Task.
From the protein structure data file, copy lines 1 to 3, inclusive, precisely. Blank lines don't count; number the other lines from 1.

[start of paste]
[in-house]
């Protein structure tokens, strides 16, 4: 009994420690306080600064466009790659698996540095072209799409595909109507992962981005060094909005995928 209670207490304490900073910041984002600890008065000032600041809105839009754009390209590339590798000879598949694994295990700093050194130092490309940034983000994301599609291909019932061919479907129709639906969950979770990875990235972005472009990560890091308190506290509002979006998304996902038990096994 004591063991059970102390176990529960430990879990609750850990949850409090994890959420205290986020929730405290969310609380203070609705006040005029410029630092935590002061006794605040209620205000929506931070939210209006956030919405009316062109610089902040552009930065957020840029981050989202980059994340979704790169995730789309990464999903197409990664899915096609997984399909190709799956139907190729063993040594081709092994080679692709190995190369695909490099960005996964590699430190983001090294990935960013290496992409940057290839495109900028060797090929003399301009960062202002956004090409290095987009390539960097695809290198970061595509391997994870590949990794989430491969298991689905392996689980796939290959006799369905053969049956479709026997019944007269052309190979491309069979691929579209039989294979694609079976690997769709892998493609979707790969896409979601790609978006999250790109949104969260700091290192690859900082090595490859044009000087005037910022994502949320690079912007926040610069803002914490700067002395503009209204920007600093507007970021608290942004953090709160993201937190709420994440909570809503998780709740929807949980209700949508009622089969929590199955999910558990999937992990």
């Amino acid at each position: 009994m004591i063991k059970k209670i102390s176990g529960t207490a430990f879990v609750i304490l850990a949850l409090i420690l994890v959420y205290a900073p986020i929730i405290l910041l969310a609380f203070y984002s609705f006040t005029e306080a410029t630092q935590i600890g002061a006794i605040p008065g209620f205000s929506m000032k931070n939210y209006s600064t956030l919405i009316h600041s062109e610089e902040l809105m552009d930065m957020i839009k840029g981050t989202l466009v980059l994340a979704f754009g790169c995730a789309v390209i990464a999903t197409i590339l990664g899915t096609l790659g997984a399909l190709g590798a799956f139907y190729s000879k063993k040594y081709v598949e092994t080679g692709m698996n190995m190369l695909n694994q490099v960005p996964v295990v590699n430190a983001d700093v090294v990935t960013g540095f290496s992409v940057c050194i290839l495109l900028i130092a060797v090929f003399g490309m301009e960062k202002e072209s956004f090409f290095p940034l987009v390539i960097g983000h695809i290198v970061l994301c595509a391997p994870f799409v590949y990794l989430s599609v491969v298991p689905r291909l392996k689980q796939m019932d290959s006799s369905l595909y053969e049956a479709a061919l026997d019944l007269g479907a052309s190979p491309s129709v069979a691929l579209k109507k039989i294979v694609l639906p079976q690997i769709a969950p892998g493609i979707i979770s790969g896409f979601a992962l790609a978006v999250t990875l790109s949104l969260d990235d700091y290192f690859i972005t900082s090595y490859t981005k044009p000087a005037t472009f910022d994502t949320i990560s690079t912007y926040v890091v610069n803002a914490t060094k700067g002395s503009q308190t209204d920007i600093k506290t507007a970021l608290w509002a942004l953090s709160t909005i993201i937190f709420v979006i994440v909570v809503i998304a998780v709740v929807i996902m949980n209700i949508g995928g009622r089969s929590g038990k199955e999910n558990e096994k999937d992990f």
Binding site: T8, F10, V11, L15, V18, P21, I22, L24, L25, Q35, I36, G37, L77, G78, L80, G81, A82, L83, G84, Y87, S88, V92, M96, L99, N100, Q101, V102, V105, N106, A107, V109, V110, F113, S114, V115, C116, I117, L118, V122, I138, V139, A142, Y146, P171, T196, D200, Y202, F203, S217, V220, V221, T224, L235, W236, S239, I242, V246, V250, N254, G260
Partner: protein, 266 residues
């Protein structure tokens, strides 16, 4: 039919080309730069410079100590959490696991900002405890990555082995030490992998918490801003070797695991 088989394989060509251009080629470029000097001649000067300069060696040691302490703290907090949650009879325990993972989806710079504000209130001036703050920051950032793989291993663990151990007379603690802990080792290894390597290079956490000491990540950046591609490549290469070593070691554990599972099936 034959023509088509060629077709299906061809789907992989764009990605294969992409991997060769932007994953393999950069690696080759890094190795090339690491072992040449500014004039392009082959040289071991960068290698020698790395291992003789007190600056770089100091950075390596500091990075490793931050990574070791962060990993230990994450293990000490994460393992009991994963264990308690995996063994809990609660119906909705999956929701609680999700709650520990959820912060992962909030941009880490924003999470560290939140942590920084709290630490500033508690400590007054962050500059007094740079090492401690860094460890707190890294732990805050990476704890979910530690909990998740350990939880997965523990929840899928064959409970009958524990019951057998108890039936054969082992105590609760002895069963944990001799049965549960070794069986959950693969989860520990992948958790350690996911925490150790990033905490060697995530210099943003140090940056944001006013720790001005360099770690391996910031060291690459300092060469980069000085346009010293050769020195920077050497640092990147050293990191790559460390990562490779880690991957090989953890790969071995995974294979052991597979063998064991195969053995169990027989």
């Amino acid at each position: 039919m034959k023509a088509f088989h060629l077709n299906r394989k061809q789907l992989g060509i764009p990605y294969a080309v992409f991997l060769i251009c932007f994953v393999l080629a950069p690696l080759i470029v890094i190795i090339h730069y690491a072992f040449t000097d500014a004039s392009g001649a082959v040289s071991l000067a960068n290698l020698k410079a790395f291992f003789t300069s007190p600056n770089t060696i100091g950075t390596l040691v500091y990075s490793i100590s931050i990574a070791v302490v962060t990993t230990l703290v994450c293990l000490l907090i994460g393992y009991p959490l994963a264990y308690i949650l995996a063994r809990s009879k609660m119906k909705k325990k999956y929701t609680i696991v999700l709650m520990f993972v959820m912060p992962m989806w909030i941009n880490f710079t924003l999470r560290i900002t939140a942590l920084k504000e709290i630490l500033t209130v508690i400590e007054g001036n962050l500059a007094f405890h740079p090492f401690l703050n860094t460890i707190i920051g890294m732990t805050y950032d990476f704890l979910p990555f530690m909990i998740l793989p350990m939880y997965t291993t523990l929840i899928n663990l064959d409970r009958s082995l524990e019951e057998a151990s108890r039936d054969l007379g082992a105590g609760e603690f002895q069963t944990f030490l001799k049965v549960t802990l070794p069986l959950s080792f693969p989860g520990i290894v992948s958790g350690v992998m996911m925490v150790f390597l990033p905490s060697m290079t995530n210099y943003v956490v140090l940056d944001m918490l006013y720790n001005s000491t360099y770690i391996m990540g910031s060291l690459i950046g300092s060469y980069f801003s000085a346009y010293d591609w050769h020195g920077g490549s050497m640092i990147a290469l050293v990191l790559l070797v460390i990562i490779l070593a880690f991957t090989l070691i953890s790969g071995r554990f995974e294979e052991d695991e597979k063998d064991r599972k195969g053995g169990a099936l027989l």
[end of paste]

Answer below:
[in-house]
């Protein structure tokens, strides 16, 4: 009994420690306080600064466009790659698996540095072209799409595909109507992962981005060094909005995928 209670207490304490900073910041984002600890008065000032600041809105839009754009390209590339590798000879598949694994295990700093050194130092490309940034983000994301599609291909019932061919479907129709639906969950979770990875990235972005472009990560890091308190506290509002979006998304996902038990096994 004591063991059970102390176990529960430990879990609750850990949850409090994890959420205290986020929730405290969310609380203070609705006040005029410029630092935590002061006794605040209620205000929506931070939210209006956030919405009316062109610089902040552009930065957020840029981050989202980059994340979704790169995730789309990464999903197409990664899915096609997984399909190709799956139907190729063993040594081709092994080679692709190995190369695909490099960005996964590699430190983001090294990935960013290496992409940057290839495109900028060797090929003399301009960062202002956004090409290095987009390539960097695809290198970061595509391997994870590949990794989430491969298991689905392996689980796939290959006799369905053969049956479709026997019944007269052309190979491309069979691929579209039989294979694609079976690997769709892998493609979707790969896409979601790609978006999250790109949104969260700091290192690859900082090595490859044009000087005037910022994502949320690079912007926040610069803002914490700067002395503009209204920007600093507007970021608290942004953090709160993201937190709420994440909570809503998780709740929807949980209700949508009622089969929590199955999910558990999937992990």
């Amino acid at each position: 009994m004591i063991k059970k209670i102390s176990g529960t207490a430990f879990v609750i304490l850990a949850l409090i420690l994890v959420y205290a900073p986020i929730i405290l910041l969310a609380f203070y984002s609705f006040t005029e306080a410029t630092q935590i600890g002061a006794i605040p008065g209620f205000s929506m000032k931070n939210y209006s600064t956030l919405i009316h600041s062109e610089e902040l809105m552009d930065m957020i839009k840029g981050t989202l466009v980059l994340a979704f754009g790169c995730a789309v390209i990464a999903t197409i590339l990664g899915t096609l790659g997984a399909l190709g590798a799956f139907y190729s000879k063993k040594y081709v598949e092994t080679g692709m698996n190995m190369l695909n694994q490099v960005p996964v295990v590699n430190a983001d700093v090294v990935t960013g540095f290496s992409v940057c050194i290839l495109l900028i130092a060797v090929f003399g490309m301009e960062k202002e072209s956004f090409f290095p940034l987009v390539i960097g983000h695809i290198v970061l994301c595509a391997p994870f799409v590949y990794l989430s599609v491969v298991p689905r291909l392996k689980q796939m019932d290959s006799s369905l595909y053969e049956a479709a061919l026997d019944l007269g479907a052309s190979p491309s129709v069979a691929l579209k109507k039989i294979v694609l639906p079976q690997i769709a969950p892998g493609i979707i979770s790969g896409f979601a992962l790609a978006v999250t990875l790109s949104l969260d990235d700091y290192f690859i972005t900082s090595y490859t981005k044009p000087a005037t472009f910022d994502t949320i990560s690079t912007y926040v890091v610069n803002a914490t060094k700067g002395s503009q308190t209204d920007i600093k506290t507007a970021l608290w509002a942004l953090s709160t909005i993201i937190f709420v979006i994440v909570v809503i998304a998780v709740v929807i996902m949980n209700i949508g995928g009622r089969s929590g038990k199955e999910n558990e096994k999937d992990f």